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  • View in gallery

    EOFs of the low-pass filtered SST data from the twentieth-century simulation: (a) EOF1, explaining 49.9% of the variance; (b) EOF2, explaining 18.8% of the variance; and (c) EOF3, explaining 10.7% of the variance.

  • View in gallery

    Pattern correlation of EOF2 from Fig. 1b with original low-pass filtered SST data for the twentieth and twenty-first centuries: (a) subjectively chosen nine “best” ensemble members that track the reference perfect model simulation (blue line) and the ensemble average of these nine members (green line) and (b) as in (a) but for the remaining 20 ensemble members; ensemble average is the black line.

  • View in gallery

    (left) Original low-pass filtered SST anomalies, plotted every five years as indicated in the panel labels from (top) 1960 to (bottom) 1985. (right) As in the left panels but for reconstructed SST anomalies from the first three EOFs. The year indicated actually represents a 19-yr period centered on that year.

  • View in gallery

    (top) Reference time series of pattern correlations for EOF2, in black (as in Fig. 1a); the blue line is the ensemble mean from the full set of members (29), light blue shading is the full ensemble spread, the red line is the reduced ensemble mean (nine members objectively chosen as explained in section 3), and the pink shading is the reduced ensemble spread. (bottom) From left to right, three measures of performance (accuracy, precision, and coverage) are evaluated using each of the 30 ensemble members as a reference. See section 4 for details.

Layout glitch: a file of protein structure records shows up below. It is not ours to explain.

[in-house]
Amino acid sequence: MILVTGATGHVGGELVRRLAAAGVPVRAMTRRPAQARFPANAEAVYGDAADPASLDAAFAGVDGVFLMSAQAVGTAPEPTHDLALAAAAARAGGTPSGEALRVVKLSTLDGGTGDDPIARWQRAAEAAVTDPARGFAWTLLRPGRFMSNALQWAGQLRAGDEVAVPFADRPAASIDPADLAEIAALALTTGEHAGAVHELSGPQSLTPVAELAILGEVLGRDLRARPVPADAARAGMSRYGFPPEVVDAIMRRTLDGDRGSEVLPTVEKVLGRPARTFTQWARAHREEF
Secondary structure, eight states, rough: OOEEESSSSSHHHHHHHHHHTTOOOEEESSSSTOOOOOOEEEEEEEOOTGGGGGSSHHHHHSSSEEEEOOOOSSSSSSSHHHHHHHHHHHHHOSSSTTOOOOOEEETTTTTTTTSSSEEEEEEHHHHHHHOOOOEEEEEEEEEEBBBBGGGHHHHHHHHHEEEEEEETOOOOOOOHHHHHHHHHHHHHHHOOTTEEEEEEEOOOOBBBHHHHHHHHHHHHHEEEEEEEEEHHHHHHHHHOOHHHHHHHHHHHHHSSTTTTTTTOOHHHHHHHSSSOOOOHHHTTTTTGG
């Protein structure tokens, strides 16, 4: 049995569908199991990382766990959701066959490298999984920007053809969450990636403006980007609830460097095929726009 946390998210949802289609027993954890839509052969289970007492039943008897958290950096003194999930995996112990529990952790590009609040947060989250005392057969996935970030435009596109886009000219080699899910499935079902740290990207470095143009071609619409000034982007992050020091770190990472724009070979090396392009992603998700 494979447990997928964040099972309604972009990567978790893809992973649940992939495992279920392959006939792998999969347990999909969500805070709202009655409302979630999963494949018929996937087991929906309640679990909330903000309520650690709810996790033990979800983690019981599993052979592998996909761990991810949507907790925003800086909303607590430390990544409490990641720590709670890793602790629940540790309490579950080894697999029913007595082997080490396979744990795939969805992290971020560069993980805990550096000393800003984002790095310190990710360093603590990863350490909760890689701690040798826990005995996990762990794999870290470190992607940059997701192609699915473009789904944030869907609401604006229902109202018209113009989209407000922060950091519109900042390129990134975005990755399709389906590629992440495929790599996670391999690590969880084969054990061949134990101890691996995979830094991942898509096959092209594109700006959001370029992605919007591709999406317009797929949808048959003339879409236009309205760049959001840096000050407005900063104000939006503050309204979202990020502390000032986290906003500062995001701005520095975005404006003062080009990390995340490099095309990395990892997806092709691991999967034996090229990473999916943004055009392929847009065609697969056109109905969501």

• View in gallery

    Principal component time series formed by regressing the three twentieth-century EOFs (Fig. 1) onto the selected nine future ensemble members for (a) EOF1, (b) EOF2, and (c) EOF3. The reference member is the blue line.

  • View in gallery

    (a) Reference simulation SST anomalies for the 19-yr period centered on 2020. (b) Contribution of predicted EOF1 to predicted SSTs in 2020. (c) As in (b) but for EOF2. (d) As in (b), but for EOF3.

  • View in gallery

    Reference simulation SST anomalies for 19-yr periods centered on (a) 2010 and (c) 2020. Regression patterns for the first three EOFs summed to construct the predicted SST anomaly patterns for 19-yr periods centered on (b) 2010 and (d) 2020.

  • View in gallery

    Time evolution of the pattern correlation for the reconstructed SST anomaly patterns with the reference simulation for (a) the 9-member reduced ensemble and (b) the other 20 ensemble members. The reference simulation is shown by the blue line.

  • View in gallery

    North American precipitation anomalies for the 19-yr period centered on 2020 computed by regressing the reduced ensemble PC time series from the three SST EOFs in Fig. 5 onto the low-pass filtered precipitation data: (a) reference simulation and (b) predicted.

  • View in gallery

    As in Fig. 9 but for Australian precipitation anomalies.

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Decadal Prediction in the Pacific Region

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  • 1 National Center for Atmospheric Research,* Boulder, Colorado
  • 2 National Center for Atmospheric Research,* Boulder, Colorado, and Climate Central, Princeton, New Jersey
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Abstract